Saturday, February 17, 2007

What if Peace Broke Out?

I recently realized that I have a story (yes, I have lots of them, even though I've written at some length about letting go of our stories so that we may more fully embrace our spirituality). This particular story says that in order to be "spiritual" I need to stay above the fray of messy human affairs such as politics. The truth is, in spite of my best efforts, I do have strongly held views on any number of issues. I just usually keep them to myself. But something happened the other day that forced me to reconsider my position. A young politician named Barack Obama, who shows more promise to galvanize this country than anyone since JFK, spoke out on his belief (which he has been clear about all along) that the Iraq war is a huge mistake, based on faulty and even downright misleading "intelligence" - and about a president who was hell-bent on going to war and "getting" Saddam. Barrack further stated that he thought that the deaths of thousands of our servicemen and women, and tens of thousands of Iraquis, has been an essentially useless waste of precious resources. He was so immediately attacked and vilified that he felt it necessary to backpedal on this issue, that somehow by telling the truth he was dissing the troops.

Why are we, as a country, so terrified of the truth? The shadow knows. I'm quite sure Barack meant no disrespect, nor do I. That's not the point. The point is that a sad, terrified man and his minions essentially stole the presidential election in 2000 and then went about imposing their fear-based perspective on an all too-compliant public. So here it is: have our troops (not to mention Iraqi civilians) died uselessly? Well, that depends on your perspective. The folks over there were slaughtering each other 1,000 years ago, and may choose to do so for another 1,000 years. It's horrible, it's tragic, I fervently wish it wasn't so. Be that as it may, what have we accomplished? Besides wasting trillions of dollars, spilling uncounted barrels of blood for oil, ruining countless lives, nothing is really going to change until the people who live, fight and die there change. When are we going to learn that we cannot impose our will, no matter how much we spend and how many lives are lost? Over 58,000 servicemen and women died in Vietnam. Now, around 3,500 in Iraq. While that's not even 10% of the body count of Vietnam, each life that's cut down is a tragedy, doubly so because it was preventable.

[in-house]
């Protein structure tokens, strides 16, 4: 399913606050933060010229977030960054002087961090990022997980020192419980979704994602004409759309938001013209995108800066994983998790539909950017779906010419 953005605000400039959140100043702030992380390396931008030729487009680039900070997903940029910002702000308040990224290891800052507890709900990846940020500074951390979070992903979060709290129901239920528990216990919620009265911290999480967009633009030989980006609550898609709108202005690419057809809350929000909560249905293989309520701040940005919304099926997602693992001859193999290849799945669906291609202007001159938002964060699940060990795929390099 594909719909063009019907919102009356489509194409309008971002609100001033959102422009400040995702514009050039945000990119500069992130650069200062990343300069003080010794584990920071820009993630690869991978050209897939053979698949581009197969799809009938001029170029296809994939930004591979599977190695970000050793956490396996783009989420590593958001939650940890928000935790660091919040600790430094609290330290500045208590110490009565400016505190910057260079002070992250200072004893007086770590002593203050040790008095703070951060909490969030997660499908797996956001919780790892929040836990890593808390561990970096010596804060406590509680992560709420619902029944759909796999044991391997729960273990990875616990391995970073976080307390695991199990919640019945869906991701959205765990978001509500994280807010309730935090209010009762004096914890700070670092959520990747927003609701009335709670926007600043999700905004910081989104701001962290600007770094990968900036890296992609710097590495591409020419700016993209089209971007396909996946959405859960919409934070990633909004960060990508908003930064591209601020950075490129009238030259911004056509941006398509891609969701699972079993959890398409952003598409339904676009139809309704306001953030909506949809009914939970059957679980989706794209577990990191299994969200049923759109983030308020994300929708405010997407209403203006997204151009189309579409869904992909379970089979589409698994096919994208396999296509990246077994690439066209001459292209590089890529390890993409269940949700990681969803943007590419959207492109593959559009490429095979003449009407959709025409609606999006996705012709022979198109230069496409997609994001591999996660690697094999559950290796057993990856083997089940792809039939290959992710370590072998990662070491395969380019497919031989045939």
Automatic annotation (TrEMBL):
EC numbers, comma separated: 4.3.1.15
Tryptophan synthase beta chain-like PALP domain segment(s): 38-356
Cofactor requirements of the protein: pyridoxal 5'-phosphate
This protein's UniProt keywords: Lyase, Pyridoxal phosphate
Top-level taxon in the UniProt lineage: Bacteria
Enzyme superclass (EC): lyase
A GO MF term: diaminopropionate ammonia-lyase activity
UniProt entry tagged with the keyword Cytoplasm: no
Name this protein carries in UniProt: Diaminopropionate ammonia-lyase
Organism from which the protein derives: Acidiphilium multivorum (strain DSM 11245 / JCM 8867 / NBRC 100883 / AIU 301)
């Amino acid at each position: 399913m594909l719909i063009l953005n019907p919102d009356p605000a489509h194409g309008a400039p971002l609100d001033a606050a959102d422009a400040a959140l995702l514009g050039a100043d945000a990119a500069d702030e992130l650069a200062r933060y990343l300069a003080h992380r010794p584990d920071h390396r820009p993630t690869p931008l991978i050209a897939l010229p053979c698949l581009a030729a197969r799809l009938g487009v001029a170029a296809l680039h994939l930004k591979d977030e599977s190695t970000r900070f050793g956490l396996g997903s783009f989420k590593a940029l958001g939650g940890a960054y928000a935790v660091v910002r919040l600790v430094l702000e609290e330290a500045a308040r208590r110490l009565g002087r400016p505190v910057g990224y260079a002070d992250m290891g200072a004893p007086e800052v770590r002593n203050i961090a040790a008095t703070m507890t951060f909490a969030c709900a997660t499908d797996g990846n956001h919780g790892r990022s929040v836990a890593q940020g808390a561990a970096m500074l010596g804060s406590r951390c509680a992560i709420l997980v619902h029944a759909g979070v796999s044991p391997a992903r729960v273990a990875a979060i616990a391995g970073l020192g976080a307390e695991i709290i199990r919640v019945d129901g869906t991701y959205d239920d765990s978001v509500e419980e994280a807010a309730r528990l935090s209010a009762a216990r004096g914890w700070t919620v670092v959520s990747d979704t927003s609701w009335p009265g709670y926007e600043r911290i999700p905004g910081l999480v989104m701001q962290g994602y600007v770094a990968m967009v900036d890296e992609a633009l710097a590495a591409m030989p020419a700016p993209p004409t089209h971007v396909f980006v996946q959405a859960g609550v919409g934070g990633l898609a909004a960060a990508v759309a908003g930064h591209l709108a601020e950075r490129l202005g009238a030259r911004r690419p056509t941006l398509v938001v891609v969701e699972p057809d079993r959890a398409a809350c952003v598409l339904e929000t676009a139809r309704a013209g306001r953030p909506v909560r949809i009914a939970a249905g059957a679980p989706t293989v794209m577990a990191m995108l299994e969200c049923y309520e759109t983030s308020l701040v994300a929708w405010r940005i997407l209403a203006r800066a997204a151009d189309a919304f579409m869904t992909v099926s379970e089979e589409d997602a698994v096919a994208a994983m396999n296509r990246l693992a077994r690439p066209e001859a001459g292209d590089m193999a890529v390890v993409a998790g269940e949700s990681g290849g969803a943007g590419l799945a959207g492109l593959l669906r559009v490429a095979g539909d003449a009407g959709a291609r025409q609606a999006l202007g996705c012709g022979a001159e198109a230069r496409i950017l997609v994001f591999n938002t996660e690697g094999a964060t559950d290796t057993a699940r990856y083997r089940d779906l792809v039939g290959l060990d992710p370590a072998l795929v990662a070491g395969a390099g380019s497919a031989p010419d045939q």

Ultimately, every one of us is responsible for how our country behaves in the world. We must Be the Change we wish to see in the world. The change I wish to see is an end to war! An end to standing armies and to a culture that worships violence as noble. It's not. It's legalized murder. It ruins lives, and ruins countries. If I was face-to-face with someone who has lost a loved one in this war, I could only say, "I'm so sorry for your loss. I did not vote for this administration or this war. If it had been up to me your child would still be here."

All we're doing in Iraq is training a new generation of Jihadists to hate us. If we don't put a stop to this insanity, it will be our grandchildren dying next. Are you OK with that, or are you willing to stand up and be counted as someone who chooses "to study war no more"? I urge you to contact your congressperson and your senators to vote for establishing a
Department of Peace and to vote for someone like Barack Obama in the next presidential election. If we're ever going to live in peace, we must practice peace. That does not mean that we must allow ourselves to be conquered, it simply means that we do not run around the globe starting wars. Bring the troops home now, before even more are senselessly slaughtered. It was a horrible mistake to start the war, it cannot be a mistake to end it. And just so your know, I love this country. I just love our sacred Mother Earth even more (and all of the people of the world). Check out Anna Qunidlen's latest "The Last Word" essay in Newsweek titled Tomorrow, Tomorrow for more on this perspective, which I know is shared by millions of thoughtful global citizens.

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